The long-term goal is to automate the restocking process of several household items, like pet food, soap and shampoo. Their challenge will be getting customers to keep multiple smart scales in their homes as opposed to just asking their digital assistant to order them some coffee or soap on Amazon .
Amazon recently announced it was doing away with its stick-on Dash buttons, IoT devices capable of self-ordering on Amazon. The devices launched in 2015 before Google Homes and Amazon Alexas hit the mainstream.
So why keep a smart scale in your kitchen as opposed to just asking a digital assistant to replenish your supply? Mayer says it’s coffee quality that keeps it competitive.
“Or you might think in a city like San Francisco or Seattle, you can get freshly roasted coffee pretty easily because there are restaurants all over the place, right?” He added. “That’s certainly true, but it does take a little bit of extra thought to remember to grab it on the right day when you’re running low.”
Mayer and Herrera don’t consider themselves coffee experts, despite now running what is essentially a direct-to-consumer coffee marketplace out of Seattle, the coffee capital.
“I’m originally from Portland and Portlanders know a lot about coffee,” Mayer said. “I never really considered myself to be a coffee aficionado or a coffee snob in my head, but I guess compared to like the average American from anywhere in the country, I would be just a regular coffee drinker in Portland. All I really knew about coffee going into this was that it’s better fresh. That’s it.”
Bottomless is currently accepting customers in beta. The team will pitch to investors at YC Demo Days next week.
Venture investors are pouring billions of dollars into feeding their hunger for food and agriculture startups. Whether that trend line is due to enthusiasm for the sector or just broader heavy investing in the VC space is much less clear.
According to a recent report published by AgFunder – a VC and investing marketplace focused on the agriculture and food sectors – the “AgriFood” space is booming. Using data from Crunchbase and several other data partners, the organization published its “2018 AgriFood Tech Investing Report” this morning, finding that investment in AgriFood companies increased 43% year-over-year, reaching $16.9 billion in 2018.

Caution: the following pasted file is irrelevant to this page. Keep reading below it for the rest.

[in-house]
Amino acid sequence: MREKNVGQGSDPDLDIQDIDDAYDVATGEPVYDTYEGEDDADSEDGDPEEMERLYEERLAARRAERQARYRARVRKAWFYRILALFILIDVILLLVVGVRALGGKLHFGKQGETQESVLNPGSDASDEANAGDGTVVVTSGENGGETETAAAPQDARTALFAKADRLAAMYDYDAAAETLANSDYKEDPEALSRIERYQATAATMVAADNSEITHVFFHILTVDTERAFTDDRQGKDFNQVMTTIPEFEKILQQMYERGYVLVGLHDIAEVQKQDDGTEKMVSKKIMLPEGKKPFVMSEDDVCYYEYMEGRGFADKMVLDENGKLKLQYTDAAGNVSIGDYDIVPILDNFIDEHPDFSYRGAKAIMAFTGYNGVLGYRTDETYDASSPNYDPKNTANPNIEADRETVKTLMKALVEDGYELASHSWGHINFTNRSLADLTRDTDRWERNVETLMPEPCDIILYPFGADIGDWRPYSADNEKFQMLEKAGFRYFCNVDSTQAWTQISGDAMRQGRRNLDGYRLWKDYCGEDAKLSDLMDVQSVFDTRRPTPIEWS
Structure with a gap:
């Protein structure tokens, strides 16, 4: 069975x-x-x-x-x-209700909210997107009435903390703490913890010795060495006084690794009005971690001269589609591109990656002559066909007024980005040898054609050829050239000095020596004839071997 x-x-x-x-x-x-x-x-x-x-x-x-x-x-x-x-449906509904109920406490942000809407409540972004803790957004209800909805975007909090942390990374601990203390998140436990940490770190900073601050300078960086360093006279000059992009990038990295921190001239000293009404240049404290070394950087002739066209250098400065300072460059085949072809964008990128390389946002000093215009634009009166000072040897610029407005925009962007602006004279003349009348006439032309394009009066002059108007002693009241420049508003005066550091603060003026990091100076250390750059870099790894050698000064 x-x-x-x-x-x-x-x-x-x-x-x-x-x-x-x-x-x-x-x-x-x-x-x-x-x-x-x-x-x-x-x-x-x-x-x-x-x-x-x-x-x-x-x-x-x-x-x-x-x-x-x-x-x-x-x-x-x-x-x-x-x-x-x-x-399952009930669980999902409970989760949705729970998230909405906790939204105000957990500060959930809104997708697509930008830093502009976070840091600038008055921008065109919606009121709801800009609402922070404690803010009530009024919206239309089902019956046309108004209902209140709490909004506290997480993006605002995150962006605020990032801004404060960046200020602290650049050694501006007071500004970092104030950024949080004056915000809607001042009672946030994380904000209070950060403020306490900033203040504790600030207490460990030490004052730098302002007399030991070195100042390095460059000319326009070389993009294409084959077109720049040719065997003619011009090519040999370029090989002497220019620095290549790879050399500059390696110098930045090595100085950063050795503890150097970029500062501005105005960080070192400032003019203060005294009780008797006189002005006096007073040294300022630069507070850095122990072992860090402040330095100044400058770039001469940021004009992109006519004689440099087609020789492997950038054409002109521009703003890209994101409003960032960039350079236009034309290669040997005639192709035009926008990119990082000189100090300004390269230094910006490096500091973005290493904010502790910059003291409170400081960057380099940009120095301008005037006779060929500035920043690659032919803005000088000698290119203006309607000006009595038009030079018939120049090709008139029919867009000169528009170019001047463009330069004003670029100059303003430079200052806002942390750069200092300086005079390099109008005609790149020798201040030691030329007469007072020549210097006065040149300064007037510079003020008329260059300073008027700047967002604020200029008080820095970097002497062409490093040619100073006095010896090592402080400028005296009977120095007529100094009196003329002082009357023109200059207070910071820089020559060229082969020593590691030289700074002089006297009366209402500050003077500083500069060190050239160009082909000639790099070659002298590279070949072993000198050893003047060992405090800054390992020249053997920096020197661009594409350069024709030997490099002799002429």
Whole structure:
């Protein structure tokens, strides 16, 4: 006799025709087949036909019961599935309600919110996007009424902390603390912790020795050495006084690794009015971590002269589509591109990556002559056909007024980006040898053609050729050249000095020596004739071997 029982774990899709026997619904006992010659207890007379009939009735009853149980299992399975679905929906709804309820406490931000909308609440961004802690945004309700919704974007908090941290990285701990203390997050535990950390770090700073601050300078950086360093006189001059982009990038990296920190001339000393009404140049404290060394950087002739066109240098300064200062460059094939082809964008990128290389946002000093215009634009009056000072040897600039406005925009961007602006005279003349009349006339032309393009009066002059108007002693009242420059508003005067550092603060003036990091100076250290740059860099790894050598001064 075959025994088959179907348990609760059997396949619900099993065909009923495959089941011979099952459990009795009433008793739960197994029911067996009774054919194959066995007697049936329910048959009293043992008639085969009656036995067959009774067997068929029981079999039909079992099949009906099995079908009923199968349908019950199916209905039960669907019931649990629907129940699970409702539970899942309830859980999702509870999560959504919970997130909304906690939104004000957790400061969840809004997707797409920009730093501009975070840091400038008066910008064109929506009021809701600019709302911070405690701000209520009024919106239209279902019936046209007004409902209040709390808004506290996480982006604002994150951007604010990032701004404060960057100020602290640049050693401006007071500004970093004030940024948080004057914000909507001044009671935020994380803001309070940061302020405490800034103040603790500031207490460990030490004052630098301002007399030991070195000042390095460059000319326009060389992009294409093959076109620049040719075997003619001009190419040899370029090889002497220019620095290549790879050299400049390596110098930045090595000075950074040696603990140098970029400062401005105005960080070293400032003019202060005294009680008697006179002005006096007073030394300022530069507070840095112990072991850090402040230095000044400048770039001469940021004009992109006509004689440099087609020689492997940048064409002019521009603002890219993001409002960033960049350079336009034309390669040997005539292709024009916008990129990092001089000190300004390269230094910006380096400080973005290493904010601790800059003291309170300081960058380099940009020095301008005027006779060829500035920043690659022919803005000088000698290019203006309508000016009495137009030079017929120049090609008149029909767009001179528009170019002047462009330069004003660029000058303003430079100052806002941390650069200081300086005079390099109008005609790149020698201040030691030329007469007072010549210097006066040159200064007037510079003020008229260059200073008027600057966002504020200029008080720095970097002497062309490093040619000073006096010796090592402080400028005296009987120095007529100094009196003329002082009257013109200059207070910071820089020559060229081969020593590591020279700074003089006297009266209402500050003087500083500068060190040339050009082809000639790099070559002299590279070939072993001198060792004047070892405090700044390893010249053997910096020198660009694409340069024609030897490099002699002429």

AgFunder classifies AgriFood tech as “the small but growing segment of the startup and venture capital universe that’s aiming to improve or disrupt the global food and agriculture industry.” Their definition is intentionally broad, encompassing everything from crop and livestock biotech, property management systems, and payments, to biomaterials and meat alternatives, all the way up to tech platforms for restaurants, grocers, deliveries and at-home cooks.
While some of the AgriFood tech categories – such as delivery or restaurant software – have long been popular destinations for venture capital, we’re now seeing a more diverse array of startups innovating across the entire food supply chain. According to the report, expansion in AgriFood is fairly consistent across upstream (agricultural and farming) subsectors to downstream (more consumer-facing) subsectors, with each group growing roughly 44% and 42% year-over-year respectively.
The data also shows growth occurring across almost all deal stages. AgriFood saw huge increases in the average deal size and total investment for late-stage companies in particular, as venture-backed startups have grown to global scale. And penetrating and attracting capital from international markets seems more feasible than ever. AgriFood investing, which traditionally has been largely US-centric, is rapidly becoming a global phenomenon, with more than half of total funding – and some of the largest rounds – now coming from companies and investors outside the US.
Square Roots has built urban farming facilities in refurbished, climate-controlled shipping containers, which it uses to grow food and train farmers in a year-long program.